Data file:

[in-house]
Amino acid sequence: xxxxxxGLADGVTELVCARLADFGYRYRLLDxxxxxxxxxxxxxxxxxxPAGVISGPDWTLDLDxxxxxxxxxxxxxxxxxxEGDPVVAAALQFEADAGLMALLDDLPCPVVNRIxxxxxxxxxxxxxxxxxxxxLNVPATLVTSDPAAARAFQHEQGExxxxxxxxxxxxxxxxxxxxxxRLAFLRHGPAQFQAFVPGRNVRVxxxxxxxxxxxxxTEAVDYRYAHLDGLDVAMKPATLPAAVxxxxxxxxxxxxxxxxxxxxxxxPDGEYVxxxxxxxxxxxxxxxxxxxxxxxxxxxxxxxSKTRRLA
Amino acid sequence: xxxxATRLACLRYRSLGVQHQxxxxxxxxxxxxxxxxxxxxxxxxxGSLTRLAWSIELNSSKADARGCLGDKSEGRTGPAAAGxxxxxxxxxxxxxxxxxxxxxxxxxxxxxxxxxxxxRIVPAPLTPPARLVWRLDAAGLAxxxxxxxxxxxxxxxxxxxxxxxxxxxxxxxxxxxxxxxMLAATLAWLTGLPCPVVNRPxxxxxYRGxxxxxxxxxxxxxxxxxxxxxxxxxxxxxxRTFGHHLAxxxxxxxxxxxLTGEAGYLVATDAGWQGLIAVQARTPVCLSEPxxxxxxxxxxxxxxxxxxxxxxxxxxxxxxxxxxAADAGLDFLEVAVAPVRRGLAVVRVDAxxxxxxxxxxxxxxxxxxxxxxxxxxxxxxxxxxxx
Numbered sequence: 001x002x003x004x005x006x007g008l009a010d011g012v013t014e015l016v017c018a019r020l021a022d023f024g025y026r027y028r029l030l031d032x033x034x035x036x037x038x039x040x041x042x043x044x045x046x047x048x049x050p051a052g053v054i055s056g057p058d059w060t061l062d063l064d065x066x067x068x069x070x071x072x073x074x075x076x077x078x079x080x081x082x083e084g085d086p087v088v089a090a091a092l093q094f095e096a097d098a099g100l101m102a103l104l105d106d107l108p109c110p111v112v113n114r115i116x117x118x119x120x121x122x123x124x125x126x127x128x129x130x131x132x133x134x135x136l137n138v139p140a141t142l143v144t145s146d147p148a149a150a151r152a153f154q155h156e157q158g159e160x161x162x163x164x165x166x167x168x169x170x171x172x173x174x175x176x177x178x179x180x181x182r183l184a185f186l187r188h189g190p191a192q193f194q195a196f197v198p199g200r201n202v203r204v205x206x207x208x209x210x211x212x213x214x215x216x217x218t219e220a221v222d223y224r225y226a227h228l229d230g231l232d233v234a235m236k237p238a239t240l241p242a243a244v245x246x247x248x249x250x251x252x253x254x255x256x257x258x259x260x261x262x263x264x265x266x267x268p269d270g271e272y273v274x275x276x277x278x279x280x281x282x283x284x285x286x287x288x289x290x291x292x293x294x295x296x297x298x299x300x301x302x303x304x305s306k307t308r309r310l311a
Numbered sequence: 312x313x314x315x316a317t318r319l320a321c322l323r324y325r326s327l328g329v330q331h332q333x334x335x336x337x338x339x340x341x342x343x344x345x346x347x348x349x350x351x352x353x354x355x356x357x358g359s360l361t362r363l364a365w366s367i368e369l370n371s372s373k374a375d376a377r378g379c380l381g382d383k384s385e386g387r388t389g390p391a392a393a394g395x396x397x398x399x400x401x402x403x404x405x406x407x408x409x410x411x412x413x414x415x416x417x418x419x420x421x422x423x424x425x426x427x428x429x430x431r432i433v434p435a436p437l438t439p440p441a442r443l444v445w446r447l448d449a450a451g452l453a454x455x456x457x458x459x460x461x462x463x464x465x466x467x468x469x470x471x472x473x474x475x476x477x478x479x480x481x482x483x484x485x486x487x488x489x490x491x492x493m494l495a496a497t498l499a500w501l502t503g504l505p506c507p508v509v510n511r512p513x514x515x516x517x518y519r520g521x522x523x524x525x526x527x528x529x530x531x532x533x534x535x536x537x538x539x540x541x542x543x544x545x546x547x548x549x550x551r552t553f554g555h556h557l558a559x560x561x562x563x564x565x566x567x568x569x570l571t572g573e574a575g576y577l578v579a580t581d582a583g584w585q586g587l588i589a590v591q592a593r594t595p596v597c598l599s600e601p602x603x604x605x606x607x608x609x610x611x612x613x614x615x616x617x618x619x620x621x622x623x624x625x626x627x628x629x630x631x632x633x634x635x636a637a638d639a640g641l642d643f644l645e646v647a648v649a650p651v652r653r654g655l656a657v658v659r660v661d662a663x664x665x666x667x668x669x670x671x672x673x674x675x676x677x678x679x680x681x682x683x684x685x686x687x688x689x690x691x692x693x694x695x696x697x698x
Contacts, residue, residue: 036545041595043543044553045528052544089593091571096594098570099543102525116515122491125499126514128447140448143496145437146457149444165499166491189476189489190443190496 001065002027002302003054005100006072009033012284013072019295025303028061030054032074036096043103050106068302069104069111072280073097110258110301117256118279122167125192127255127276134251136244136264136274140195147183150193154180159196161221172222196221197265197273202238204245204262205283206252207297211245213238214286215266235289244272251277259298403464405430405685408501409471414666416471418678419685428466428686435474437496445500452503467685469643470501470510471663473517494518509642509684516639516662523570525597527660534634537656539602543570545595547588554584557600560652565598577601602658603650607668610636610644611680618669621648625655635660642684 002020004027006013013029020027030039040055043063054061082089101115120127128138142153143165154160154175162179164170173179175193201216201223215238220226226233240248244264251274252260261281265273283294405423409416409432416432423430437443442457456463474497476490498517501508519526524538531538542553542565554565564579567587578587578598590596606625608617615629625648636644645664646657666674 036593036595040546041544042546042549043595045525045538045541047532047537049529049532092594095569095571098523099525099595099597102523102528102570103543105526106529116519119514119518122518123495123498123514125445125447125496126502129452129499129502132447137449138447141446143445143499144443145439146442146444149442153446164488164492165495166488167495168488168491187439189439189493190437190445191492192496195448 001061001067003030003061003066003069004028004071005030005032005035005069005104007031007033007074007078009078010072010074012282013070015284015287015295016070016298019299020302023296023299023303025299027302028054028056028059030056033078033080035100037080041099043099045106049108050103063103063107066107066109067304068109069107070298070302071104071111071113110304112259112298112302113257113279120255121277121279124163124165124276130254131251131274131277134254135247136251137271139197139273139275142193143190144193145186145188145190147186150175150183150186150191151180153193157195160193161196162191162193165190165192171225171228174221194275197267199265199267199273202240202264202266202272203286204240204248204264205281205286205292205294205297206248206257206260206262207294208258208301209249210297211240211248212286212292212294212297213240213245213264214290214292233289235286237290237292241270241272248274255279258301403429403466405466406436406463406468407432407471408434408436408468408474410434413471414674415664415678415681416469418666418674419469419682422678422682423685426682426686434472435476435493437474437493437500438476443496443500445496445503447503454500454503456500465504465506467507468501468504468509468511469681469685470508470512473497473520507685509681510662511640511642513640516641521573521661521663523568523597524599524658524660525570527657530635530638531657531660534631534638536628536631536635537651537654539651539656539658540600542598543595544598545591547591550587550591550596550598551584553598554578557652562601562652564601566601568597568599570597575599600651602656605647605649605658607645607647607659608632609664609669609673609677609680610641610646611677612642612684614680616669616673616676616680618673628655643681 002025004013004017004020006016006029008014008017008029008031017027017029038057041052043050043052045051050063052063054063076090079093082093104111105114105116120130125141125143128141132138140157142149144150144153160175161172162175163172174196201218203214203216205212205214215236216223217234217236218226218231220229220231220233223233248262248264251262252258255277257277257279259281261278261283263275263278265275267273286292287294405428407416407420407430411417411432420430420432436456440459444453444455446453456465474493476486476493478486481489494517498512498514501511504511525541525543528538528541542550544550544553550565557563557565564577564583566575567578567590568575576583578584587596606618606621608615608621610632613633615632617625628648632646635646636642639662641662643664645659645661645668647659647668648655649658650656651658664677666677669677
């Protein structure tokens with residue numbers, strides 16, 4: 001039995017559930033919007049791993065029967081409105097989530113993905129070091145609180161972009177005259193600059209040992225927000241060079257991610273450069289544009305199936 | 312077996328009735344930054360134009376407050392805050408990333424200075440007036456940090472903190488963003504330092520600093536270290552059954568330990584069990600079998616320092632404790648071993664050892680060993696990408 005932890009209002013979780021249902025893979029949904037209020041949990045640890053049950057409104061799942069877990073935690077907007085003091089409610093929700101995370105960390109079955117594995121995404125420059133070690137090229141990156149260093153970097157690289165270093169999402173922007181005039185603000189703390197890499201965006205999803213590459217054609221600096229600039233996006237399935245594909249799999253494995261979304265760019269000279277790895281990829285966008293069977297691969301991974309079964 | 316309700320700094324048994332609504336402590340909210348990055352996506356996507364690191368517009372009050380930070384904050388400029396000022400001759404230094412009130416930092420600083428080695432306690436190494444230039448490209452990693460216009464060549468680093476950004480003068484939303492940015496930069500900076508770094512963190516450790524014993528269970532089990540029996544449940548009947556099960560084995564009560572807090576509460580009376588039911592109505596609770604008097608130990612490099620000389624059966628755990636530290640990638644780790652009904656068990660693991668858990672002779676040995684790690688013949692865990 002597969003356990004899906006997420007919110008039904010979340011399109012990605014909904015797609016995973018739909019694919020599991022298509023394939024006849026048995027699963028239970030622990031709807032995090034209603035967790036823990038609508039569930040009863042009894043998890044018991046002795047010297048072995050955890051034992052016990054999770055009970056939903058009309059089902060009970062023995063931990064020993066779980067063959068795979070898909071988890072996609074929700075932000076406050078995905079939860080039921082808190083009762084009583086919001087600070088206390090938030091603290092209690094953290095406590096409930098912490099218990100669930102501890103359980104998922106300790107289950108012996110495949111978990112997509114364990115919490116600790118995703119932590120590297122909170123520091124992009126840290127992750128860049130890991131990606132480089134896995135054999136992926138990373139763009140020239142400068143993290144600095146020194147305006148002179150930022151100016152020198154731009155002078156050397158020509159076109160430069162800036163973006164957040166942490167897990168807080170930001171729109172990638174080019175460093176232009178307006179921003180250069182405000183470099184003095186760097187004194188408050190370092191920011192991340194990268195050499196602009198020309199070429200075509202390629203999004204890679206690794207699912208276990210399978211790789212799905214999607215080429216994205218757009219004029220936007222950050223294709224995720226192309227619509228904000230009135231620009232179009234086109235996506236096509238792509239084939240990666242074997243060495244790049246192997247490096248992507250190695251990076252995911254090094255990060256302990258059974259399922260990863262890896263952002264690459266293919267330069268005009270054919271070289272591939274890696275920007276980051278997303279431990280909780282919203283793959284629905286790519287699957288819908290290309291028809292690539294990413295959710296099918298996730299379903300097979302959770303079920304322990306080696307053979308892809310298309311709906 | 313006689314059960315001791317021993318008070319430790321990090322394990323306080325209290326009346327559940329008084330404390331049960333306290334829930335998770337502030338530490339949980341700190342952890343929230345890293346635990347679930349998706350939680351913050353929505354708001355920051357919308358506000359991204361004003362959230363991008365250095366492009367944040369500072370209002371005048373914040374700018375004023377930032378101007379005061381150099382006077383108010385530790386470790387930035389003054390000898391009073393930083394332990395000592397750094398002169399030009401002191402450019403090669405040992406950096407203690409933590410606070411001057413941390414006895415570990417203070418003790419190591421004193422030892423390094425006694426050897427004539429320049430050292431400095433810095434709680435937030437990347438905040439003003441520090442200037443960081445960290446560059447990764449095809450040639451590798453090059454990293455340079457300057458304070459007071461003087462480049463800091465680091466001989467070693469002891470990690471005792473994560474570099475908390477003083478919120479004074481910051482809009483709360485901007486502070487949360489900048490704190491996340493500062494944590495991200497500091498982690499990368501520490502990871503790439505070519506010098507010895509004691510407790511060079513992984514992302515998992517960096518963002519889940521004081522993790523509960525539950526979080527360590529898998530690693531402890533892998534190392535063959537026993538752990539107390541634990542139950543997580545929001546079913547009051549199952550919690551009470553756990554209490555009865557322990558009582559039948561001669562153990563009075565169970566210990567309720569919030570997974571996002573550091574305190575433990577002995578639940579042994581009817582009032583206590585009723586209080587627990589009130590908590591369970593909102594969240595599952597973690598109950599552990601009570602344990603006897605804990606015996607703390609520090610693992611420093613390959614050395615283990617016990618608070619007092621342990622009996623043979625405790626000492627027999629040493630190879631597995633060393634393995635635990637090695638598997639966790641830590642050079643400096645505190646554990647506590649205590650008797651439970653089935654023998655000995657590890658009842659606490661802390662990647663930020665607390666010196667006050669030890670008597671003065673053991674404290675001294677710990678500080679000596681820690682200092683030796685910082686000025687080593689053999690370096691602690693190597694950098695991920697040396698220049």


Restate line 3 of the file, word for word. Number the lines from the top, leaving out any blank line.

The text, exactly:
Amino acid sequence: xxxxATRLACLRYRSLGVQHQxxxxxxxxxxxxxxxxxxxxxxxxxGSLTRLAWSIELNSSKADARGCLGDKSEGRTGPAAAGxxxxxxxxxxxxxxxxxxxxxxxxxxxxxxxxxxxxRIVPAPLTPPARLVWRLDAAGLAxxxxxxxxxxxxxxxxxxxxxxxxxxxxxxxxxxxxxxxMLAATLAWLTGLPCPVVNRPxxxxxYRGxxxxxxxxxxxxxxxxxxxxxxxxxxxxxxRTFGHHLAxxxxxxxxxxxLTGEAGYLVATDAGWQGLIAVQARTPVCLSEPxxxxxxxxxxxxxxxxxxxxxxxxxxxxxxxxxxAADAGLDFLEVAVAPVRRGLAVVRVDAxxxxxxxxxxxxxxxxxxxxxxxxxxxxxxxxxxxx